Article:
Re: coroutines and continuations ( in Python? - long discussion )

Jaap Vermeulen (
Tue, 3 May 94 18:44:19 GMT

In <> writes:

>4) I don't think that it would be a good idea to allow exceptions to
>be restarted, even if it were possible. They are generally used in
>situations where there is no sensible course of action possible. If a

EXCEPT for KeyboardInterrupt, which can be triggered anywhere and is
hard to trap in such a way that you can always reenter the codeblock.
I still have no fool-proof way to ignore KeyboardInterrupt or create a
handler that terminates your program if you wish, but continues
otherwise. :-(

>mending possibility exists in a particular situation I think defining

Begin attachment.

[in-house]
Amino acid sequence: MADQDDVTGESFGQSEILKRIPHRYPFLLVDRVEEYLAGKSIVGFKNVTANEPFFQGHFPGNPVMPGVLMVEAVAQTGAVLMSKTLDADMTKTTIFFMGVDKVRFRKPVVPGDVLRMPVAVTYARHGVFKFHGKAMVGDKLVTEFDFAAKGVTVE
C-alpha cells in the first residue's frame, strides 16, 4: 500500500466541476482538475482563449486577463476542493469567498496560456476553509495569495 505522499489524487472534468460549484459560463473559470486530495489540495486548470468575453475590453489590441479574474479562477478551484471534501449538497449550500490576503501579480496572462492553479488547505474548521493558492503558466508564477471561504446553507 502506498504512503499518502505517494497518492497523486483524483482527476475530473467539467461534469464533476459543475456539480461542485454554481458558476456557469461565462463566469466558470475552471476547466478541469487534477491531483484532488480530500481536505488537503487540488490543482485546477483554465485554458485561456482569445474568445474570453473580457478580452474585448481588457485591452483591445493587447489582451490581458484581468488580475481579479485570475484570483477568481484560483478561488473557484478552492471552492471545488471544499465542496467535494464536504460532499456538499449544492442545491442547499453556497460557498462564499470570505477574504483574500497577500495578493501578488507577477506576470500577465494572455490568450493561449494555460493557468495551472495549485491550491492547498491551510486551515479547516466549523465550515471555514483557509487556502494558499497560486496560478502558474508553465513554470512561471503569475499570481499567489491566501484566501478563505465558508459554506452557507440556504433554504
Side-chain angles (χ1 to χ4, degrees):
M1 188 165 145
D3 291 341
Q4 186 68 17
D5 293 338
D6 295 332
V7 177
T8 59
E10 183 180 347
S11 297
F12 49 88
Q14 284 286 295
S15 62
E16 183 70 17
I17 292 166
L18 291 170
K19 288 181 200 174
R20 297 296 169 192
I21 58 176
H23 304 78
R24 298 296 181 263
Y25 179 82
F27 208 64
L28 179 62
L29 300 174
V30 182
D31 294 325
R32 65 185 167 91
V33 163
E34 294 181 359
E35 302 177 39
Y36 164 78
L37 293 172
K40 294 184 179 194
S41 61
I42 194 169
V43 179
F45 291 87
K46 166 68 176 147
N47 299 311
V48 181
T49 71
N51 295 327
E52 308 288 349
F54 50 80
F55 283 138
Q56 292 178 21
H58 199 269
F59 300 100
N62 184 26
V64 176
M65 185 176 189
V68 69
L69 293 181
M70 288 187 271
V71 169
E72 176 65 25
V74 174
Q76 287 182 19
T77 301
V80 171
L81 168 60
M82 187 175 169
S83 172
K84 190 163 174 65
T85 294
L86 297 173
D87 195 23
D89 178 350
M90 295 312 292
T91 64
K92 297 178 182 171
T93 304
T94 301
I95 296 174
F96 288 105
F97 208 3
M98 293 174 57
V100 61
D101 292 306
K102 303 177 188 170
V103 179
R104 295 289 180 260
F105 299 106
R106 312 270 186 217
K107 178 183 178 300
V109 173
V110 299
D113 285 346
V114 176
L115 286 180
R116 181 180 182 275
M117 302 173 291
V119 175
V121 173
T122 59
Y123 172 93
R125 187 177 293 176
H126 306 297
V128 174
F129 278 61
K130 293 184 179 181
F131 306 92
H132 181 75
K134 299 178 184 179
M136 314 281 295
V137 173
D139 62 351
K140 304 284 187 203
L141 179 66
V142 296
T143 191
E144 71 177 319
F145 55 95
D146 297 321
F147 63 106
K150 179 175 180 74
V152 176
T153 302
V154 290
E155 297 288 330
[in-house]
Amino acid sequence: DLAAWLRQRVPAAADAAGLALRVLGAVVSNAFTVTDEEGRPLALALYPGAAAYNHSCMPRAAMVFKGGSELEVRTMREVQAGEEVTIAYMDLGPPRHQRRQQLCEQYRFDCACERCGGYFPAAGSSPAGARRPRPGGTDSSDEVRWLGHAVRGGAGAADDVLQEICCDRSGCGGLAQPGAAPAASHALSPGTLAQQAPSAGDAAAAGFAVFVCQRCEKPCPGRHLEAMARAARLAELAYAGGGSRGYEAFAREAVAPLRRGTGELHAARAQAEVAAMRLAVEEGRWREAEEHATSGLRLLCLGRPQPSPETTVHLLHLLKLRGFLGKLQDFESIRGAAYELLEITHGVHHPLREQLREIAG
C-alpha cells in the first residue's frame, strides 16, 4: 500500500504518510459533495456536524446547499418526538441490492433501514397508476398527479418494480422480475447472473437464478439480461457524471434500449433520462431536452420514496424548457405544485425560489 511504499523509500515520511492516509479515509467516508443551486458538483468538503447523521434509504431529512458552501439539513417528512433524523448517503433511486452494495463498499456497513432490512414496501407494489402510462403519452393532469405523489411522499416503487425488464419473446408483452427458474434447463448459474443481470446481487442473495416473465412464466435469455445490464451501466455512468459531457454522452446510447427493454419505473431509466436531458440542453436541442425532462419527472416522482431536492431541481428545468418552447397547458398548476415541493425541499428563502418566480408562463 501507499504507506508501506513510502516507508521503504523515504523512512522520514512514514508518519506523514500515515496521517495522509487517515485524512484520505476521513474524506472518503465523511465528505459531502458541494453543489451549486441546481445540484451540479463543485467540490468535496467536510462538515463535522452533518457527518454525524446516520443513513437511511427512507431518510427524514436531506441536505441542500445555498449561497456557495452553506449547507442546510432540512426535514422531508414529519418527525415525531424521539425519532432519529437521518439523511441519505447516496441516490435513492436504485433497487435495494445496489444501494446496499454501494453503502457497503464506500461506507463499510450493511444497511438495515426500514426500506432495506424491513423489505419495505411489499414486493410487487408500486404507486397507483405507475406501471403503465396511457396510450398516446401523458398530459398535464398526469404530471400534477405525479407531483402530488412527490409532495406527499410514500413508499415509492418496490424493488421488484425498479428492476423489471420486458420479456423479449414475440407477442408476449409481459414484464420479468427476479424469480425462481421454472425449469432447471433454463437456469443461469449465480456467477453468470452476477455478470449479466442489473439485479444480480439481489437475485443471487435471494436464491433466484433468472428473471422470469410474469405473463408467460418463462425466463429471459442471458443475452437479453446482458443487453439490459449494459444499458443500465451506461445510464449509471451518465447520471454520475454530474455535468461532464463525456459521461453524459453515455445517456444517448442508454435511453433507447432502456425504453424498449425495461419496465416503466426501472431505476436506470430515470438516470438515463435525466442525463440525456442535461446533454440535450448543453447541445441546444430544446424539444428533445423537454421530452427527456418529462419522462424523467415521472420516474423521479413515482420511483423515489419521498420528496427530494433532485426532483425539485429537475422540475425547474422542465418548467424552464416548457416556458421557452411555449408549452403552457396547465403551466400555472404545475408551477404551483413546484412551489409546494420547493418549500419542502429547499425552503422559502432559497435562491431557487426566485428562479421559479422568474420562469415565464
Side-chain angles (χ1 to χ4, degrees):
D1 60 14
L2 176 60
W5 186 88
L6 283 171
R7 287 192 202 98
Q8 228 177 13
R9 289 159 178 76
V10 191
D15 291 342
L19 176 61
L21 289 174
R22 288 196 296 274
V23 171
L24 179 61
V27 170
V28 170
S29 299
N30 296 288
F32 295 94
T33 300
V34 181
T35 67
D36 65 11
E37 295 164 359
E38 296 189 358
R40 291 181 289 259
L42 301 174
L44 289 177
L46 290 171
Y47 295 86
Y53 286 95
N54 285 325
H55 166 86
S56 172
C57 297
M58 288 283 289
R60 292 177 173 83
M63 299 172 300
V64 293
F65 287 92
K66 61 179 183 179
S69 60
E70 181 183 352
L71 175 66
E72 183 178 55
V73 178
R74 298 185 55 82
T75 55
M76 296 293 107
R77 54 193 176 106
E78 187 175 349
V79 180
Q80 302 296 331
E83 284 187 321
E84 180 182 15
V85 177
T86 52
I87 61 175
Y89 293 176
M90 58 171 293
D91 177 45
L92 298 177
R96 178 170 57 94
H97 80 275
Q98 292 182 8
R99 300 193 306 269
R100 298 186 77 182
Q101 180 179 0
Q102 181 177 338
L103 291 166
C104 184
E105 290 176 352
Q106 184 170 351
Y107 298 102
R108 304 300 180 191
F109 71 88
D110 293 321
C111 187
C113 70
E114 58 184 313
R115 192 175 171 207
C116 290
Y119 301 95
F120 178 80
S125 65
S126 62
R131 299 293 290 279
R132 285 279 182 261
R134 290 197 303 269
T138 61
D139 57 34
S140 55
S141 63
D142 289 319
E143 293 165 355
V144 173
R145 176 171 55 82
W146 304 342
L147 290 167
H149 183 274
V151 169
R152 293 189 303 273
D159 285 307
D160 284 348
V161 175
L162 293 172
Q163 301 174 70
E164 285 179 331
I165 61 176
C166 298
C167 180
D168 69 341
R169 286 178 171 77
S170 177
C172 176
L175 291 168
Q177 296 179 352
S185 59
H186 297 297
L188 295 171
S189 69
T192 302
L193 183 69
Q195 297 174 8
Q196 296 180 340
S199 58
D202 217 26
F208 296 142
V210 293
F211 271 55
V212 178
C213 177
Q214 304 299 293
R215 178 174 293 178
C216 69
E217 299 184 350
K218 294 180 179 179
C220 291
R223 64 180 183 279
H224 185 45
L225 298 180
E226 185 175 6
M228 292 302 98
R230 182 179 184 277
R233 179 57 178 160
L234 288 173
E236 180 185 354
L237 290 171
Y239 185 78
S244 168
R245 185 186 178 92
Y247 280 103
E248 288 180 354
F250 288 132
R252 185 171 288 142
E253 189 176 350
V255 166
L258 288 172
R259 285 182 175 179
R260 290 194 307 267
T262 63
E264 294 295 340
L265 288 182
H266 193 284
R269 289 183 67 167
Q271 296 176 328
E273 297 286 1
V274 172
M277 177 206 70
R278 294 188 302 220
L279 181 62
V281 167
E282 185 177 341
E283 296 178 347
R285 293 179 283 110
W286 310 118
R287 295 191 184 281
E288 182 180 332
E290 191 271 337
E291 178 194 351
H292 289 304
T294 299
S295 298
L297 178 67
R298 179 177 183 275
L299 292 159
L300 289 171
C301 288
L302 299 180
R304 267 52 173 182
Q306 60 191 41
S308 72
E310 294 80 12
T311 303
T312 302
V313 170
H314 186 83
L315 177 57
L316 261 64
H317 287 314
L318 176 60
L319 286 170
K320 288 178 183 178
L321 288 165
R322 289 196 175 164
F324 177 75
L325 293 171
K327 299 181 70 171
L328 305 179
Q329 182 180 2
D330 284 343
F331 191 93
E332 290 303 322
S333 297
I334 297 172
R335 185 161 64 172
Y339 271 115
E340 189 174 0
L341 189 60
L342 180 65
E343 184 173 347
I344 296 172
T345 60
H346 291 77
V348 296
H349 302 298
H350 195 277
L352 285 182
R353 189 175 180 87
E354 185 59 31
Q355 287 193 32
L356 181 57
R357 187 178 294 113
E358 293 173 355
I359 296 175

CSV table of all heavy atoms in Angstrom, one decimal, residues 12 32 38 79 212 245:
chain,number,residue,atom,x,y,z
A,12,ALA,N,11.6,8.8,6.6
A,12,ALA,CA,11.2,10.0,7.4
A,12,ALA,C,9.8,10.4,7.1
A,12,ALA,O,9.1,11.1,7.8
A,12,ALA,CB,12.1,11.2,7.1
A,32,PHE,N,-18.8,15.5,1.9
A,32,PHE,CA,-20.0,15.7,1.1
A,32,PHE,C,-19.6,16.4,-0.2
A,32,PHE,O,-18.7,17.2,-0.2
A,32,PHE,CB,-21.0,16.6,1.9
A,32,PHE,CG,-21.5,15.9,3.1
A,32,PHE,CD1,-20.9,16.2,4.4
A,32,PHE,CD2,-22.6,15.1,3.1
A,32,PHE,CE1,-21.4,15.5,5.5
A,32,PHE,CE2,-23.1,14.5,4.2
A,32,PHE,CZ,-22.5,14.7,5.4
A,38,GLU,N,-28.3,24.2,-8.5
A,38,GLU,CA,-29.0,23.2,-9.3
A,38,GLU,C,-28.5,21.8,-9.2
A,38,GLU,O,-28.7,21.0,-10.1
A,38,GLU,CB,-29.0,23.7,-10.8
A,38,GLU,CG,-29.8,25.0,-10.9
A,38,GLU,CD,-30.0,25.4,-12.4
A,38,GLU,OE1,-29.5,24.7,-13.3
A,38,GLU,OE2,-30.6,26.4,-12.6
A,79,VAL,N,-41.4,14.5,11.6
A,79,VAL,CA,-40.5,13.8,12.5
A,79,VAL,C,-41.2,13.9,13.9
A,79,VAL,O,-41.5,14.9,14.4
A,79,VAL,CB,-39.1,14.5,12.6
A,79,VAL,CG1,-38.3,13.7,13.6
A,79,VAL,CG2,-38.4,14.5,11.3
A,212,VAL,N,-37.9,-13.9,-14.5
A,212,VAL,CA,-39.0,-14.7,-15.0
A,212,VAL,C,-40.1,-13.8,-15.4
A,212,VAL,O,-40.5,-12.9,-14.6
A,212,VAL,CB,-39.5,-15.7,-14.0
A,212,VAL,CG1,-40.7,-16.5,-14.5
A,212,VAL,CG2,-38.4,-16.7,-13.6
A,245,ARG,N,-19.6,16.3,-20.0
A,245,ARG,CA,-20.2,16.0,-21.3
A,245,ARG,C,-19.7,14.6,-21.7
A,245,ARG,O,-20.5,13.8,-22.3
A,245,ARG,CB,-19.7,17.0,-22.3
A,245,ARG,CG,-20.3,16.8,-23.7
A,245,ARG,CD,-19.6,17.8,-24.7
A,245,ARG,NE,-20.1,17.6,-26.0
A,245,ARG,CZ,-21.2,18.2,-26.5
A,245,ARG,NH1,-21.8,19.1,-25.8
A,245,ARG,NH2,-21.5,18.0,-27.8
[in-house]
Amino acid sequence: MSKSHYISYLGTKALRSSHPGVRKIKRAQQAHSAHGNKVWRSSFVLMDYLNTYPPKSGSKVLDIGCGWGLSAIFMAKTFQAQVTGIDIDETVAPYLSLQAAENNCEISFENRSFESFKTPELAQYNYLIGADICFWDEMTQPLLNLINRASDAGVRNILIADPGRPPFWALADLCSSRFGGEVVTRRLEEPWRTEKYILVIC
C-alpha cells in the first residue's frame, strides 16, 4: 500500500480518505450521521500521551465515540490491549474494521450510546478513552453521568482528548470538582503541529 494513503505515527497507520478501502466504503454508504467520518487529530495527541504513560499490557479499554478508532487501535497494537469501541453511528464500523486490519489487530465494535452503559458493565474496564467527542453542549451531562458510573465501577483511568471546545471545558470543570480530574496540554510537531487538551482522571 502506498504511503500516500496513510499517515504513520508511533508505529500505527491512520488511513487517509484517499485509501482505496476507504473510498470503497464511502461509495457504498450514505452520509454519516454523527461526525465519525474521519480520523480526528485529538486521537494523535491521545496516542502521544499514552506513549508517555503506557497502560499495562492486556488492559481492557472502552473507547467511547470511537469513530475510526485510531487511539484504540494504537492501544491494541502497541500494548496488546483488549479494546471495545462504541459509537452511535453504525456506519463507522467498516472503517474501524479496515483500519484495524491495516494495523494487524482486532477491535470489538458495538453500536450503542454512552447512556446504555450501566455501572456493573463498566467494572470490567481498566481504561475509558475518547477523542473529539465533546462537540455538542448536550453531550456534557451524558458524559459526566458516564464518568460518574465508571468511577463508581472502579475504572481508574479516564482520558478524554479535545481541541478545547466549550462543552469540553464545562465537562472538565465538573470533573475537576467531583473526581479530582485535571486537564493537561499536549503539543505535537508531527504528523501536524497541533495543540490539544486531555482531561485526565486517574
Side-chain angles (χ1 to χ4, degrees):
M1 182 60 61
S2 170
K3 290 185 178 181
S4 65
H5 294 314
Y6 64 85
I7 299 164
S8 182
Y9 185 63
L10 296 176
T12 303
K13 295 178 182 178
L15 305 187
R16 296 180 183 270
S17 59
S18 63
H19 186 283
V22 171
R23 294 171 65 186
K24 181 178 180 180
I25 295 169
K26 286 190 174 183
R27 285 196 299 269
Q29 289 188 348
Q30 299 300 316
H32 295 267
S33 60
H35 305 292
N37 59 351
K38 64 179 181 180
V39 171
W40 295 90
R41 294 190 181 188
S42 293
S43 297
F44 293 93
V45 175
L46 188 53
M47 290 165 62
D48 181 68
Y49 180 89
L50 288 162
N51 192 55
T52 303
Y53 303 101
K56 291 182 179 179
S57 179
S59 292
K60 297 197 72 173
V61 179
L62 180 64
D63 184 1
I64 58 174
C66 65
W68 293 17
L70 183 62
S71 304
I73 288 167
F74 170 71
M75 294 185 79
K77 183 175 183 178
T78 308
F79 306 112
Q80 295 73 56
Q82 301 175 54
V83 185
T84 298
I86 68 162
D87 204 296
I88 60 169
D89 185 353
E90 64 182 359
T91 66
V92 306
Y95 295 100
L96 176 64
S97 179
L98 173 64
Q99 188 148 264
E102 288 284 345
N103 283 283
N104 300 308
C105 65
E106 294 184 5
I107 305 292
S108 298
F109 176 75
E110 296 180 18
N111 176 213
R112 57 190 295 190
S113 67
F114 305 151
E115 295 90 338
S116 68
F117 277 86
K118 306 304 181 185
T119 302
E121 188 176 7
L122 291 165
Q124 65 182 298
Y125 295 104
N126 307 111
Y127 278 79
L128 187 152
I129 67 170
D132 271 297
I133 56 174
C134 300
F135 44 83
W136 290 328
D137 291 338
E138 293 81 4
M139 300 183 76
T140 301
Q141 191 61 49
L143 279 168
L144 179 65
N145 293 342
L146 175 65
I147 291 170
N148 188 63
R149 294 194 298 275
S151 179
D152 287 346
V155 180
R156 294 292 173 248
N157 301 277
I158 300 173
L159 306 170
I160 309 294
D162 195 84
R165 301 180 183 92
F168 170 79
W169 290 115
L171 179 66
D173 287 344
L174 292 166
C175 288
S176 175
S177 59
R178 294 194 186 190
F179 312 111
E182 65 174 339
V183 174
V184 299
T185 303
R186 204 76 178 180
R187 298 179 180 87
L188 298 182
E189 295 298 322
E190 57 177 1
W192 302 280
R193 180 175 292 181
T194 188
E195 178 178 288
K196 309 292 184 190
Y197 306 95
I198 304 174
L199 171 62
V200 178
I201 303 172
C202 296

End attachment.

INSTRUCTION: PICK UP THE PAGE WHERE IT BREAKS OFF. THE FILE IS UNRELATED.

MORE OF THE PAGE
>a "hook" function would be more appropriate -- the default hook could
>raise the exception or the code calling the hook could raise the
>exception if the hook didn't fix the problem. Anyway, most exceptions

That would be convenient, and solve the problem above. How does the
"hook" function fix the problem? By returning a special value?

I still think an exception object (as proposed a while ago) would give
a cleaner interface than all this special "hook" stuff.


Jaap Vermeulen					+--------------------------+
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